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New Wisconsin Law Protects IHMM Certification Titles and Prevents Consumer Fraud

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ROCKVILLE, Md., Nov. 28, 2017 /PRNewswire/ — Wisconsin Governor Scott Walker signed Senate Bill 132 into law yesterday at the Wisconsin State Capitol in Madison. Unless a person is certified by the Institute of Hazardous Materials Management (IHMM), the law prohibits that person from using the title of Certified Dangerous Goods Professional (CDGP®), Certified Hazardous Materials Manager (CHMM®), or Certified Hazardous Materials Practitioner (CHMP®). “We applaud Governor Scott for taking this important step toward safeguarding EHS professional credentials,” said Allison King, CHMM, IHMM Chair.

The new law also prohibits a business from representing that services provided are furnished by one of these certified professionals unless those services are provided by a certified person. A person is also prohibited from misleading or deceiving another person by the unauthorized use of a certification mark awarded by the U.S. Patent and Trademark Office. A person who violates these prohibitions is guilty of a misdemeanor and may be fined up to $1,000.

The Wisconsin law also provides that a violation of these prohibitions is an unfair method of competition in business or an unfair trade practice, and allows a person who suffers a monetary loss because of a violation to sue for twice the amount of the monetary loss and reasonable attorney fees. The law allows the Department of Agriculture, Trade and Consumer Protection to bring a court action for an injunction to restrain a violation of these prohibitions.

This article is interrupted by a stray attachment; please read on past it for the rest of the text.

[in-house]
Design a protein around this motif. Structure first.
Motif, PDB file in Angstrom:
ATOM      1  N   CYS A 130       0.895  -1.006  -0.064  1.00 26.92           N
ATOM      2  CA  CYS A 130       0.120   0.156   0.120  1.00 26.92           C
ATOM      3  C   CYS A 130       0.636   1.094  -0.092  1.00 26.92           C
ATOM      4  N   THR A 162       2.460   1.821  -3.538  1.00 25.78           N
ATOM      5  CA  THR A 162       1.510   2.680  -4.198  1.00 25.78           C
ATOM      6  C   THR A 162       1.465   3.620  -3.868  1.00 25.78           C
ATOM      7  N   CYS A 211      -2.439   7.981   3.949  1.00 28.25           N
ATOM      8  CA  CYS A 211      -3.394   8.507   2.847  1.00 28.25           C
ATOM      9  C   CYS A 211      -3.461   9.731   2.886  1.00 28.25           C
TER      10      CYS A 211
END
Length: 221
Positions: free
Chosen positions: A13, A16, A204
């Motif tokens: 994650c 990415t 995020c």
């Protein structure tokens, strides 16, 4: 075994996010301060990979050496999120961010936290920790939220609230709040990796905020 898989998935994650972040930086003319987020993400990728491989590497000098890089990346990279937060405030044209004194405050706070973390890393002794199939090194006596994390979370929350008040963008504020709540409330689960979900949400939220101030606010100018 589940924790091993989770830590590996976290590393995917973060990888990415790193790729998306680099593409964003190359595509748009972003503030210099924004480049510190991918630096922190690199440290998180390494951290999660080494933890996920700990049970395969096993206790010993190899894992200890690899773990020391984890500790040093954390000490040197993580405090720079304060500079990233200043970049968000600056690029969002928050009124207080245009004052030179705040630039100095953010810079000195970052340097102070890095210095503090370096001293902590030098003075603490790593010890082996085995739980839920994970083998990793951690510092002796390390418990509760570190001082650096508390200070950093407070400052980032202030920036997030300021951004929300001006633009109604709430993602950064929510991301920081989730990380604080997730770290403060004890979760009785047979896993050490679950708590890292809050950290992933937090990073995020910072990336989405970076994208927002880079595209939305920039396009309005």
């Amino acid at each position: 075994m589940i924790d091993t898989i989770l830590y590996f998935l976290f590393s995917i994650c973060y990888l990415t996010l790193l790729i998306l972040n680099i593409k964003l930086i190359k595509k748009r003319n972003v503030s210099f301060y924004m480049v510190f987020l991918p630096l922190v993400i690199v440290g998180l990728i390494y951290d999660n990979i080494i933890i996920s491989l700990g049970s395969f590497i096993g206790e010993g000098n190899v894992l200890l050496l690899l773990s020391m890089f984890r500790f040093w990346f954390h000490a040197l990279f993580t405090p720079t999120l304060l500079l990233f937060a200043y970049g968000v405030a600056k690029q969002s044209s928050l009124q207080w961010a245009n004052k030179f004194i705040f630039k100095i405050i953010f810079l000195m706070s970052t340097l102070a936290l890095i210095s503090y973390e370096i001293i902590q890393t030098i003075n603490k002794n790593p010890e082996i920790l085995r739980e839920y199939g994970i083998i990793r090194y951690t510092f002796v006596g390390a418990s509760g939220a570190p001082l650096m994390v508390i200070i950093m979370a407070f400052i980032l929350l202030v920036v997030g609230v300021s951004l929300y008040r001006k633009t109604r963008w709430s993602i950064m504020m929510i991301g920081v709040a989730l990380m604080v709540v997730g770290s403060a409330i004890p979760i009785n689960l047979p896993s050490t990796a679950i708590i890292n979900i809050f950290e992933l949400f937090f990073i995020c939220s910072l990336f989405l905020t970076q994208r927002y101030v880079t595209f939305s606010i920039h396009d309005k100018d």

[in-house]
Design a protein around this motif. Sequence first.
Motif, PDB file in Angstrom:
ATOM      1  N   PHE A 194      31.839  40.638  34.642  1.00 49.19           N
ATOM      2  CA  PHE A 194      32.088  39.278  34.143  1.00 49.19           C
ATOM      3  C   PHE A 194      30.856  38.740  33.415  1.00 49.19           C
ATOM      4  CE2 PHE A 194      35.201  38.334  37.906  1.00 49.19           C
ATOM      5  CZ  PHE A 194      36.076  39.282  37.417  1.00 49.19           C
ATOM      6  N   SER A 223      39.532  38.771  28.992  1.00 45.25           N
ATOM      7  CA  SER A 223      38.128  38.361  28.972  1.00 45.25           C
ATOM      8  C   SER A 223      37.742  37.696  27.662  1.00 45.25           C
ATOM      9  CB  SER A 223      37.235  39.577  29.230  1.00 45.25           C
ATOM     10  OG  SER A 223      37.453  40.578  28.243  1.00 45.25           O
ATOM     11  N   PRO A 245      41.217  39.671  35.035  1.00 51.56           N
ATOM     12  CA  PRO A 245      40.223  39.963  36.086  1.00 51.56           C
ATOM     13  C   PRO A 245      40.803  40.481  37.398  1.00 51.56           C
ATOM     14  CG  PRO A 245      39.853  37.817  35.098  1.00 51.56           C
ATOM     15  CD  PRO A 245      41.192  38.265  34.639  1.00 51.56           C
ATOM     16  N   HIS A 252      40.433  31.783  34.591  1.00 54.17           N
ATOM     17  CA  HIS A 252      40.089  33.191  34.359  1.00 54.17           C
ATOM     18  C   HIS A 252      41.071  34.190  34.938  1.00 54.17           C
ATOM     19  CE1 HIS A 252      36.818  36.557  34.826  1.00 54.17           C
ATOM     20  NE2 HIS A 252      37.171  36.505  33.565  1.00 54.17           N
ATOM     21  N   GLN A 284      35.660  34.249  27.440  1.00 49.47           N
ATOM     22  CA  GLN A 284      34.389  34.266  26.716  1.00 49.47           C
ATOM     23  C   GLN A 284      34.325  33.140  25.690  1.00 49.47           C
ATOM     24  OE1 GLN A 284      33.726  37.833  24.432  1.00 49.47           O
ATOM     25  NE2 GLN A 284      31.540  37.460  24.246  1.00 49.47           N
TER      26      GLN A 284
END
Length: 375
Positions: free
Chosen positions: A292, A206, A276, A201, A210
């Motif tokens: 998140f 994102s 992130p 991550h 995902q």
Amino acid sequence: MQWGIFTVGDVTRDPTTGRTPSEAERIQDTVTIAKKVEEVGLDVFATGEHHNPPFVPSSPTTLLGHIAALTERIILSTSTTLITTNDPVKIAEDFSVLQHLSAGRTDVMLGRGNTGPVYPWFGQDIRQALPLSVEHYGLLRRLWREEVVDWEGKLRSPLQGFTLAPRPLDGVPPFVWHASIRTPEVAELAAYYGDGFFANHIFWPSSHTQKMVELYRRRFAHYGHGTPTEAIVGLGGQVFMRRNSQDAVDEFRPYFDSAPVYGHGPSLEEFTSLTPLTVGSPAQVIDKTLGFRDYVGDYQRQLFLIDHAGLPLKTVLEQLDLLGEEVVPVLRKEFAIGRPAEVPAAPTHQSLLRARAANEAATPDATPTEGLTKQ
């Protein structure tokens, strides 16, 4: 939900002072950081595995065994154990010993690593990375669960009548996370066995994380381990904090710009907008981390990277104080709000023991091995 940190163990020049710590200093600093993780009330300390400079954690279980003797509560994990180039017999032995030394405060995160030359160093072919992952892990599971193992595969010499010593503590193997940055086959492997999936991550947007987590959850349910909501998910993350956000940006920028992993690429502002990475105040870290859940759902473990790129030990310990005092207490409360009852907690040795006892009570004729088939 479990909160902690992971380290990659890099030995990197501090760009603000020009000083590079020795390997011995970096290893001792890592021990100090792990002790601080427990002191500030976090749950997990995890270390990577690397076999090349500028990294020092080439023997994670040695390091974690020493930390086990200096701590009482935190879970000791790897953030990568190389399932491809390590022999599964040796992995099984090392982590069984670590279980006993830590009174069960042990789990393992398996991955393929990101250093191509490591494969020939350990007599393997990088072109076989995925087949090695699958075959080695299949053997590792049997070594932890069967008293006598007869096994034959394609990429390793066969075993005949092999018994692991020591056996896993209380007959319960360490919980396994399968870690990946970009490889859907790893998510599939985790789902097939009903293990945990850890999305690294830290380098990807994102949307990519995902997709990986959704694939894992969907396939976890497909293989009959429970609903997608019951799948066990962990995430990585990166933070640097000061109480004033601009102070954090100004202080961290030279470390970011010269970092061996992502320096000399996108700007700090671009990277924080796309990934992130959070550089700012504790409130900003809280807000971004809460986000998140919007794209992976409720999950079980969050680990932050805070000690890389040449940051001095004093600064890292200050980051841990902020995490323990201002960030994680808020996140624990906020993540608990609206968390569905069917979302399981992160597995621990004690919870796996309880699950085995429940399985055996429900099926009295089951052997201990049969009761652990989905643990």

“The careful management of hazardous materials and dangerous goods by properly certified professionals is essential for public health and safety. The people of Wisconsin are well served by the passage of SB 132,” said Matthew Redmann, CHMM, Environmental Manager at Harley-Davidson Motor Company in Menomonee Falls, WI. Redmann, IHMM’s Vice Chair, was among a group of Wisconsin industry volunteer leaders who spearheaded the effort to protect certification titles. “This work would not have been possible without support from the American Society of Safety Engineers and the Federation of Environmental Technologists, Inc.,” added Robert West, CHMM, chair of IHMM’s Public Outreach Committee.

The new Wisconsin law also provides protections for those certified by the American Board of Health Physics, the American Board of Industrial Hygiene, the Board of Certified Safety Professionals, and the National Registry of Radiation Protection Technologists.

For more information about IHMM and its certification programs, visit www.ihmm.org.

About the Institute of Hazardous Materials Management

The Institute of Hazardous Materials Management (IHMM), a not-for-profit organization founded in 1984, protects the environment and the

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